3. is the casting instrument, into which the matrix is put, and quasi from the womb of this copper, a leaden letter will be cast a few thousand times, with which one prints books. The instrument has two equal-shaped halves, which one joins together during casting, and which are then taken apart again afterwards. The parts are called: (a) the wings, (b) is the mouthpiece, (c) the base plate, (d) the carriage, (e) the stool, and at the same time the place where the copper matrix is vertically inserted, in order for it to be held by the loose part of the spring, (f) is the bow made of wound brass wire, with which one holds the instrument in the hand, (g) is the body with the signature groove (h), (i) is the hook to pull the cast letter out of the instrument with, (k) is the wooden insulator protecting against the heat of the brass instrument.
  4. The solid brass type-high gauge used to check whether the cast letters, instrument parts, and other tools are exactly right-angled or not. (a) are the sorts lying next to each other inside of it.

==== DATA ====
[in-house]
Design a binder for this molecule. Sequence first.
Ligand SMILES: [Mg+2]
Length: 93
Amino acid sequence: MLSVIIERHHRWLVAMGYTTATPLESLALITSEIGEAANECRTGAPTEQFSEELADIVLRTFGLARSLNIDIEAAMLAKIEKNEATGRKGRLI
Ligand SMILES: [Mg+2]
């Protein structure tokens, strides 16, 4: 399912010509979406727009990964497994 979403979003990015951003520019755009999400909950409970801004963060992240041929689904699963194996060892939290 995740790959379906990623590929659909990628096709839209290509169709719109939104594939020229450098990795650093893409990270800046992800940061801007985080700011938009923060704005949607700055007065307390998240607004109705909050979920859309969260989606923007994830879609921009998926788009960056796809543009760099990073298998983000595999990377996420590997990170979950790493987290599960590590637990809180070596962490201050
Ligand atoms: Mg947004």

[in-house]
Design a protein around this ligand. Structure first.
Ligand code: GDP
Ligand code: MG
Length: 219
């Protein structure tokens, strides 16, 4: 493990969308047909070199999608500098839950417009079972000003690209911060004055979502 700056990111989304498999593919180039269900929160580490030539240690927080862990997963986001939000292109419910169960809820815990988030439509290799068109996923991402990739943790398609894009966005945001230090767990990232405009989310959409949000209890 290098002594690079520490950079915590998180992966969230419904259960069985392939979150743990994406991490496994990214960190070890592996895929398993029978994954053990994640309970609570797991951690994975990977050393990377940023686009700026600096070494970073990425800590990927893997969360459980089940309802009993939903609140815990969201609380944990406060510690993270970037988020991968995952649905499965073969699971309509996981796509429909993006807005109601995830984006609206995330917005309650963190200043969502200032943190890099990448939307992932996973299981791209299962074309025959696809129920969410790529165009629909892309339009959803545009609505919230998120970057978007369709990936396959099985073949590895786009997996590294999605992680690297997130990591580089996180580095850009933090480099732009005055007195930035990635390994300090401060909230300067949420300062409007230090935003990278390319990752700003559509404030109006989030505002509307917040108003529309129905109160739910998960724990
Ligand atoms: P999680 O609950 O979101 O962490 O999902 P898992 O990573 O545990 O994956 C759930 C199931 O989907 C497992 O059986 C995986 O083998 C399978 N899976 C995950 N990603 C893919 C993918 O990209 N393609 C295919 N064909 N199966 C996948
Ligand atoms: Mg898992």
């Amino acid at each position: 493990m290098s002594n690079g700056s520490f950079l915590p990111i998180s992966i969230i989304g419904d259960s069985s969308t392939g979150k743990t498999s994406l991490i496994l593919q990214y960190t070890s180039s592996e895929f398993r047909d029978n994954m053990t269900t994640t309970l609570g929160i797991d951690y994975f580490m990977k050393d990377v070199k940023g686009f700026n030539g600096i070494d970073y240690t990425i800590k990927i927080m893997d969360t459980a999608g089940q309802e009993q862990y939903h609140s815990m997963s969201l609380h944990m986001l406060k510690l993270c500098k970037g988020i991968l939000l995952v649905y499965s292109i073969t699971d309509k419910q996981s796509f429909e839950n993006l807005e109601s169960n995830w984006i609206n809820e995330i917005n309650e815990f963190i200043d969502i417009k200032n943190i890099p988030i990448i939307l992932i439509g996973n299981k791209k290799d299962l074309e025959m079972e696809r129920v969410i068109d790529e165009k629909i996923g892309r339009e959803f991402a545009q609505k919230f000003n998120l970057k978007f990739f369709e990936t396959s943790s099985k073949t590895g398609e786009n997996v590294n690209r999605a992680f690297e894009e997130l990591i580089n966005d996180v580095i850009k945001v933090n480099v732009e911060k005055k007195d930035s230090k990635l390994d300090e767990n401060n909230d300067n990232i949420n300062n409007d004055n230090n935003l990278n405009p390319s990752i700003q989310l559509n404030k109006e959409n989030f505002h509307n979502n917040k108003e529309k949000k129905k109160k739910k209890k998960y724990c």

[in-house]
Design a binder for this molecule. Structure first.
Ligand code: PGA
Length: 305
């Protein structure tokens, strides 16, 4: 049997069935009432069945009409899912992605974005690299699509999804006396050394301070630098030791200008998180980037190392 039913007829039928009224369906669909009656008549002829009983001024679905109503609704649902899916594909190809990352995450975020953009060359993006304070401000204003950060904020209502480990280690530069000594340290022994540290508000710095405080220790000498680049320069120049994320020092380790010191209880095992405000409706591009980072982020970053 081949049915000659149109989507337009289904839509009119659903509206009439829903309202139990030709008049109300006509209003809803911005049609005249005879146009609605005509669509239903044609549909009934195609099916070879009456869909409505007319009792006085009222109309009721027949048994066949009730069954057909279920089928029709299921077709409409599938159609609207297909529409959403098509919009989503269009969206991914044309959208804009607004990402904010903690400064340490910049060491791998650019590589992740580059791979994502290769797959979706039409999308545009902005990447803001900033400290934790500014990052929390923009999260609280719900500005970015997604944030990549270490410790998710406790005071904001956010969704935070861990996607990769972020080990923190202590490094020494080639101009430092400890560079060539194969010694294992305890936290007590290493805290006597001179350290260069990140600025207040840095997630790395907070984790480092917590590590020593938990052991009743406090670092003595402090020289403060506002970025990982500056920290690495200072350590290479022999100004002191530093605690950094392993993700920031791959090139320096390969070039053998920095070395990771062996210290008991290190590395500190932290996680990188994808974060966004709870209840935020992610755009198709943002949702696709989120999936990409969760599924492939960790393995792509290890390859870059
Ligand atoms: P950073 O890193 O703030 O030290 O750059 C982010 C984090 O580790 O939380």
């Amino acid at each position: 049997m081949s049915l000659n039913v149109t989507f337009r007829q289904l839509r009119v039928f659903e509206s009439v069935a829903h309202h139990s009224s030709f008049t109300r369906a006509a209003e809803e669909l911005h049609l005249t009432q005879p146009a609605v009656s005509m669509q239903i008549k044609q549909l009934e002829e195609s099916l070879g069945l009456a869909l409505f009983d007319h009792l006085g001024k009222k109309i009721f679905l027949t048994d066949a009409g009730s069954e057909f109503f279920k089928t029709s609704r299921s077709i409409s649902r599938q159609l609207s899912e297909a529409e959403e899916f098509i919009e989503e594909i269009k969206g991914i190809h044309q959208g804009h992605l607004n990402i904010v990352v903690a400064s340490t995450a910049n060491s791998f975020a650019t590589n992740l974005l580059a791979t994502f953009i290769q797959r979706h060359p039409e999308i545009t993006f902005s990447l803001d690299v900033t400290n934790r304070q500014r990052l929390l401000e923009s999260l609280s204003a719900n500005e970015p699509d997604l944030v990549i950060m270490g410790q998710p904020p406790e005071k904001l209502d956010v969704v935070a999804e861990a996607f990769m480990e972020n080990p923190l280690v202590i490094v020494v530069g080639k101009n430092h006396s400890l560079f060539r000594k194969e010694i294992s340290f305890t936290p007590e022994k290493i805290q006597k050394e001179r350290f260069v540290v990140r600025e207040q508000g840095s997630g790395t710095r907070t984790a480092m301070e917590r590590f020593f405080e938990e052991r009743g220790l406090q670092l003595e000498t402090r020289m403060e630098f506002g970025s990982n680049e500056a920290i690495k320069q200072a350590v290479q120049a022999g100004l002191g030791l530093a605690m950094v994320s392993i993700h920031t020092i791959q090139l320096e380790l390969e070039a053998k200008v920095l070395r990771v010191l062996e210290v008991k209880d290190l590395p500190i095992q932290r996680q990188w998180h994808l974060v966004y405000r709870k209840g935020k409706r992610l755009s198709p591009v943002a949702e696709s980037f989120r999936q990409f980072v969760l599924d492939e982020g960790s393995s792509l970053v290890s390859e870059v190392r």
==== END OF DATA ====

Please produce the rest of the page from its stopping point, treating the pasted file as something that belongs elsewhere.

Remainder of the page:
5. The casting stove. On that is (a) the workbench, under which the furnace is installed. (b) the iron pan containing the liquified type metal. (c) two spoons leaning on the bench, used for casting small typefaces. (d) tilted sheets of metal leaning against the pan to catch drops as one ladles out the metal, so that they do not fall on the table. (e) the steam tube that carries smoke out of the room.
  6. The lining gauge, for setting on a row of letters to see if they all have the same thickness.
  7. The brass block, a flat surface where the letters are laid side by side, so that they may be viewed with the lining gauge.
  8. A finished sort (a) as it comes out of the instrument, with a long casting jet, which is broken off at (b).
  9. A composing stick, which is a long wooden ruler, into whose right-angled cutout one can set a long row of letters to smooth down their broad surfaces down.
  10. Cross gauge with the form of a roman T, on which the upper crossbar is movable and can be pushed up and down as needed, in order to make its inner angle towards the parts of the instrument large or small.
  11. The body gauge is a filled-in brass angle bracket or composing stick, used for giving the body right angles.